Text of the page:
1/20s f5.3 ISO1000

7.35pm. Almost fully dark now. Just enough ambient light to reveal the two men in the foreground of the image. However the eye is led along the illuminated street to the floodlit Capitol (?) building in the distance.

Let’s hope my understanding of photography is better than my knowledge of American historical buildings...

1/40s f4.5 ISO1000

Fully dark now and only artificial sources are available to provide illumination. In this image light is provided from the two main sources either side of the door, building floodlights and a certain amount of light from behind the camera. These provided a nice golden glow on the surface of the doors.

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Left: 1/15s f4.8 ISO1000. Right: 1/40s f4.5 ISO1000

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Left: 1/10s f4.5 ISO1000. Right: 1/10s f4 ISO1000

1/13s f4.5 ISO1000

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Left: 1/40s f4 ISO1000. Right: 1/4s f4 ISO1000

These final two images are quite interesting. On the left I exposed for the inside of the market stalls. Although small, you can see the detail quite clearly. The adjacent trees are in silhouette and the building is dark - too dark perhaps. In the second image, I exposed for the building. Again the trees are in silhouette but with the increased exposure the market stalls are blown out with little detail still visible. So what is the best exposure? I tried a variety of shots in between, but could not find a perfect formula - basically it’s all subjective and a question of what the photographer wants to achieve.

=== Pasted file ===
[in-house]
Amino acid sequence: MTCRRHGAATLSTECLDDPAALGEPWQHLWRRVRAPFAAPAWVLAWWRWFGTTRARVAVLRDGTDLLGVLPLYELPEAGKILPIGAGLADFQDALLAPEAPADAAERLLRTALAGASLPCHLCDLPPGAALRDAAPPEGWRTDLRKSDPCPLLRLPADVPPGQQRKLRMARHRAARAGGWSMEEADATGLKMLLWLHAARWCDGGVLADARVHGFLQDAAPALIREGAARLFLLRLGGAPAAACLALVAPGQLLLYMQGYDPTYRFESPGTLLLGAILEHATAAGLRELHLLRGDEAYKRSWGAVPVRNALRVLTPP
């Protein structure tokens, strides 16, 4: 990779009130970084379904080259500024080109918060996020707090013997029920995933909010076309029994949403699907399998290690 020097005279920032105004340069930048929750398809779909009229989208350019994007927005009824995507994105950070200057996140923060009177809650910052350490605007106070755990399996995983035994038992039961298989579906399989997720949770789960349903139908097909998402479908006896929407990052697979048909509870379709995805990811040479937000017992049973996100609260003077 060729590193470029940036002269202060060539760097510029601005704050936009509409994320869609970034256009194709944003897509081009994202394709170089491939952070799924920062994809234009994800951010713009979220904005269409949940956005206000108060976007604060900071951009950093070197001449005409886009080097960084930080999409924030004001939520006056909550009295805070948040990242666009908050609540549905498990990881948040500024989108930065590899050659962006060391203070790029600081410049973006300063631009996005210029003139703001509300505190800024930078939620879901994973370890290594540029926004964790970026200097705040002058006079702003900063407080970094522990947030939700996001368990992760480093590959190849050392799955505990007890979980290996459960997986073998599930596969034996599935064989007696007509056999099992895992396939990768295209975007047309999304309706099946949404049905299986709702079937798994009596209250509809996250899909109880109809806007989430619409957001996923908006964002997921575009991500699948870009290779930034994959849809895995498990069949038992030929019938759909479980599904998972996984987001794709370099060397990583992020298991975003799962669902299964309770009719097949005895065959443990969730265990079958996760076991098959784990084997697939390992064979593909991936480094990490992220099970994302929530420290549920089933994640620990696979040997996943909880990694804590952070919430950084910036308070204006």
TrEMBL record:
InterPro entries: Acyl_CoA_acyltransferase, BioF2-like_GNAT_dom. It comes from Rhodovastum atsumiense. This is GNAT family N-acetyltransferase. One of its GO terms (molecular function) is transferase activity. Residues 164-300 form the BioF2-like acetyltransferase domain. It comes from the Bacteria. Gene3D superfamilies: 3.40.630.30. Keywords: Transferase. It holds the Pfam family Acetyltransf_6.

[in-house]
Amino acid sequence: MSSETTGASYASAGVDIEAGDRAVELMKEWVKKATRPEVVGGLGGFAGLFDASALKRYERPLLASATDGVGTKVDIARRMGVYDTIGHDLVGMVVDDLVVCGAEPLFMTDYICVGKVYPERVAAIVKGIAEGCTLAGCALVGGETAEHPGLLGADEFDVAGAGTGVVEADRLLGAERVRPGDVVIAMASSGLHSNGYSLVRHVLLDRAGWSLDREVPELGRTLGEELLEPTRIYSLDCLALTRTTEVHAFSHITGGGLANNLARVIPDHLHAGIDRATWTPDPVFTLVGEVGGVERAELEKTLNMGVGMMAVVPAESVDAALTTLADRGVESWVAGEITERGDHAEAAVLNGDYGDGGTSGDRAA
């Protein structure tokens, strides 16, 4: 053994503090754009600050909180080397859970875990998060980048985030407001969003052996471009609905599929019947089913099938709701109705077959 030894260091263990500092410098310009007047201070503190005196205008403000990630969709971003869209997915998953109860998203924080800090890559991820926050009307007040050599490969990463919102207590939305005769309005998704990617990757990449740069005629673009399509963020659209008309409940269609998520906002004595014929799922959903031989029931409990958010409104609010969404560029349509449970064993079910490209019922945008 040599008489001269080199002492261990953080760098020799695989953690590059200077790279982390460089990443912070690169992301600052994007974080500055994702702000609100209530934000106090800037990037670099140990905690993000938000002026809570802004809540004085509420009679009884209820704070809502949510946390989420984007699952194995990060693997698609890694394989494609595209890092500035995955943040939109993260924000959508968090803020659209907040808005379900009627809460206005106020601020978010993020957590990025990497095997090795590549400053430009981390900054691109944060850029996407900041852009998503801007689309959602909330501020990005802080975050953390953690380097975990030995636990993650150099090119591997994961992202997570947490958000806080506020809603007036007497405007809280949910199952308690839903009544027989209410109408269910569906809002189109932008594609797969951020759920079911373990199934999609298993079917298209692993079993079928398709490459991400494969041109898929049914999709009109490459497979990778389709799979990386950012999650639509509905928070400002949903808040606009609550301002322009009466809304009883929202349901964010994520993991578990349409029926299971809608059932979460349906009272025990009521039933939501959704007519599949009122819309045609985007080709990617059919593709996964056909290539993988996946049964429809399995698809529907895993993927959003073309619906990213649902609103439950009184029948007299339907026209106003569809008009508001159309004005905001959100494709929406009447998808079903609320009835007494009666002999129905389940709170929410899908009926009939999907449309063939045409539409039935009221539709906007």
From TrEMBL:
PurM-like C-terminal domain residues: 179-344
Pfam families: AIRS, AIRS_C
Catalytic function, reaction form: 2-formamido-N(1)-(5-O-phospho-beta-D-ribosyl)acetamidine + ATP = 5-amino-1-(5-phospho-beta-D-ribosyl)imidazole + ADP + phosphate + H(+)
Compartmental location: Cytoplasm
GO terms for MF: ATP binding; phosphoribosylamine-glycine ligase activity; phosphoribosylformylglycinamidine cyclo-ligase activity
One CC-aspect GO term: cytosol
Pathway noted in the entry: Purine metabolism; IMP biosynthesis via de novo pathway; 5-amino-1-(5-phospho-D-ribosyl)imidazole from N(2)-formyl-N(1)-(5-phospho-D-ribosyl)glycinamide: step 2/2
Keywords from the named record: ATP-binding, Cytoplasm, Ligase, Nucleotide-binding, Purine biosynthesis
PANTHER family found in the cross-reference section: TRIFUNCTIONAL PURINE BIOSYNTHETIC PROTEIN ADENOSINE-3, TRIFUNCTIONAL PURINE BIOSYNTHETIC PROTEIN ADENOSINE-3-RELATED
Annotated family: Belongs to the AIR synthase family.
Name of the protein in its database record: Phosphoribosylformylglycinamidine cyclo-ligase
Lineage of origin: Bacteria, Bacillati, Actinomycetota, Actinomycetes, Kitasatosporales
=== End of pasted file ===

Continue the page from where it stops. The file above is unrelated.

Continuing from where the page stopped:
Actually that last point really summarises this whole course - giving me the tools to wilfully control the outcome of my images... Nice.

Judging Colour Temperature II

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The images above are repeated from the previous exercise. The left image was shot in shade, the centre in direct sun the third in late afternoon with the question, what colour correction is needed, if any? I would regard the cloudy image a little on the cool/blue side and the sunset very distinctly warm/orange. But is the sunlit image neutral enough? As I have learnt, the midday sun has least colour influence it, but a lot of the answer has to do with the content and desired effect. One could argue - in this image - that there is insufficient colour in the image. Arguably the warmer image seems to work better not just despite but also because of the hue.